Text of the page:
Open SUNY Online Teaching Ambassador 2016 – Stony Brook: Marilyn London
Dr. London recently retired from her position as Assistant Dean for Medical Education and Registrar for the Stony Brook School of Medicine. She worked in the Health Sciences Center for over 20 years.
Marilyn has an eclectic background. She holds a Doctorate in Education from Rutgers University, a Master’s Degree in Piano Performance and a Master’s degree in Cultural Anthropology, both earned at the University of Illinois, Urban-Champaign. She co-authored a book called First Time Leaders of Small Groups and has co-taught an international Human Resources course. She has also published in the field of music, and has presented several workshops and posters at national and regional medical education conferences. As a hobby, she recently completed a novel, “The Trust Fund,” as well as a creative short story, “On Clinical Trials.”
Dr. London held several teaching and leadership positions during her career including working on committees in the School of Medicine, developing a group piano program at Westminster Choir College in Princeton, running a library concert series, as well as co-leading the Belle Mead Friends of Music in New Jersey. As a young musician, Dr. London performed solo and four-hand piano in Illinois, Wisconsin, New Jersey, and across Long Island for over 20 years before moving into higher education administration. She also ran a private studio, and taught at Illinois Wesleyan University, Rutgers University, Westminster Choir College, and public and adult schools.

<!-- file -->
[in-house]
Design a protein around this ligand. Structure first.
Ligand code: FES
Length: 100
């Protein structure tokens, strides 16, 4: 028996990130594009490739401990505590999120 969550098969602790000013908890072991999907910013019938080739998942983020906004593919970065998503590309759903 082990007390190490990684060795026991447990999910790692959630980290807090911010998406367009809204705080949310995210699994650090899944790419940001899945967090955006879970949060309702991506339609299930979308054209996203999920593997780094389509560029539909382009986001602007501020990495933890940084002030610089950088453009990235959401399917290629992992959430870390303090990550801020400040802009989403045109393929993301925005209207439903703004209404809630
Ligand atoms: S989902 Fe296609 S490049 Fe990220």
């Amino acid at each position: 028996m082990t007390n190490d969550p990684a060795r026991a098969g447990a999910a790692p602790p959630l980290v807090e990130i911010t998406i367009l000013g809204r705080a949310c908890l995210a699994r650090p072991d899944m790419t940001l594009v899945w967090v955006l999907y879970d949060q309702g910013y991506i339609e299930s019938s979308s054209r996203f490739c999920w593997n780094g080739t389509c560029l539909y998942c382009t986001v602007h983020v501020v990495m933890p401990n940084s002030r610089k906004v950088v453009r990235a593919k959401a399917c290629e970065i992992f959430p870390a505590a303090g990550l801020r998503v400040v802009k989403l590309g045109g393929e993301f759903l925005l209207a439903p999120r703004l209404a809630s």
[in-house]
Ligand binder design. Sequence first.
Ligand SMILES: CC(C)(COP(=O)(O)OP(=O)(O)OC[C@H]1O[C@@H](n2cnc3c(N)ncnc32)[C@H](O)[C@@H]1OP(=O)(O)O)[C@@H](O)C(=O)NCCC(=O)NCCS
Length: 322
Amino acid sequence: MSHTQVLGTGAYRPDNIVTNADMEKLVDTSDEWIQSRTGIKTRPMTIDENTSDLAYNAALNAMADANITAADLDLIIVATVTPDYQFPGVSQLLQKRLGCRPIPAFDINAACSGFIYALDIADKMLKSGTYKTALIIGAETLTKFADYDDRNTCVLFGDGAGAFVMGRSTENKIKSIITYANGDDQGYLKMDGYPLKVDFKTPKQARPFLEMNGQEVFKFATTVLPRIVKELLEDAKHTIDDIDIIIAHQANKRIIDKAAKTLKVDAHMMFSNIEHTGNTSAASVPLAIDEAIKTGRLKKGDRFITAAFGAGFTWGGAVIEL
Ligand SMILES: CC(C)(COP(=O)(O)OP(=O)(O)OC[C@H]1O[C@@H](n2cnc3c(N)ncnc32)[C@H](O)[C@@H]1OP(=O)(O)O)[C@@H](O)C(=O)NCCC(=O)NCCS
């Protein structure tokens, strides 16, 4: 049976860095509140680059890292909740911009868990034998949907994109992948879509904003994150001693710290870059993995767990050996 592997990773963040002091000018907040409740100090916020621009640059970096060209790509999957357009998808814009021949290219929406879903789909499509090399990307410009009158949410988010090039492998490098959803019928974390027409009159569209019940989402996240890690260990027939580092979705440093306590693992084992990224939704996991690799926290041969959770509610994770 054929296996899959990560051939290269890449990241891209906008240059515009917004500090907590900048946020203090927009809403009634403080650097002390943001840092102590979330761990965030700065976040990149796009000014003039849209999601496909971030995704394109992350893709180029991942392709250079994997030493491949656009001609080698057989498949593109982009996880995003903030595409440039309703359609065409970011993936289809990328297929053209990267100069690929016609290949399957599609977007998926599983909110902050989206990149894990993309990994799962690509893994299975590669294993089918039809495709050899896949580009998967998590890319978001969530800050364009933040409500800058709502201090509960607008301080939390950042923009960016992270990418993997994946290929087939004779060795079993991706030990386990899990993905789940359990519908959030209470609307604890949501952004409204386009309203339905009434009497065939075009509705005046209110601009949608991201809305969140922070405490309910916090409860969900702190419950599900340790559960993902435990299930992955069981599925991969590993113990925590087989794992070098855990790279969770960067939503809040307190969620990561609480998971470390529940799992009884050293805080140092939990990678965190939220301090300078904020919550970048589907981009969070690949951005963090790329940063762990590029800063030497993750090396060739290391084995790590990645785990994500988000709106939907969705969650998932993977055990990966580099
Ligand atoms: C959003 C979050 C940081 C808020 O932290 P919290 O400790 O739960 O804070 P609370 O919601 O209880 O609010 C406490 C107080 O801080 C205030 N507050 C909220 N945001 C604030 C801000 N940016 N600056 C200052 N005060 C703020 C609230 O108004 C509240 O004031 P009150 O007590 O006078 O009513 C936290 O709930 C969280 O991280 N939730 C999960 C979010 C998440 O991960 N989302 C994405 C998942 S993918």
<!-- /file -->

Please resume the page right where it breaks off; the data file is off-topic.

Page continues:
While working as an administrator in the School of Medicine, I missed teaching and interacting with students. I jumped at the opportunity to teach in the School of Professional Development. My first few courses were face-to-face but I was curious about teaching online, and soon developed a new course that combined my music background with my administrative experiences. Cultural Diversity in American Musicals is primarily a diversity course but it incorporates readings, musicals and other fine arts works with rich online discussions and creative projects that students can use on the job to teach about diversity. I soon took on Project Seminar and Higher Education Leadership courses online. The biggest initial challenge for me online was figuring out how to tell students apart so that I could treat them as individuals. I learned that people tend to leave an idiosyncratic mark on their writing styles. Now, I even feel confident writing recommendations for students who I get to know quite well online. Some features of online teaching that I love are: teaching at a time that’s convenient for me each day, having time to think out my responses to student input, having multiple ways to interact with students (using Blackboard, emails, phone, teleconferencing, etc.).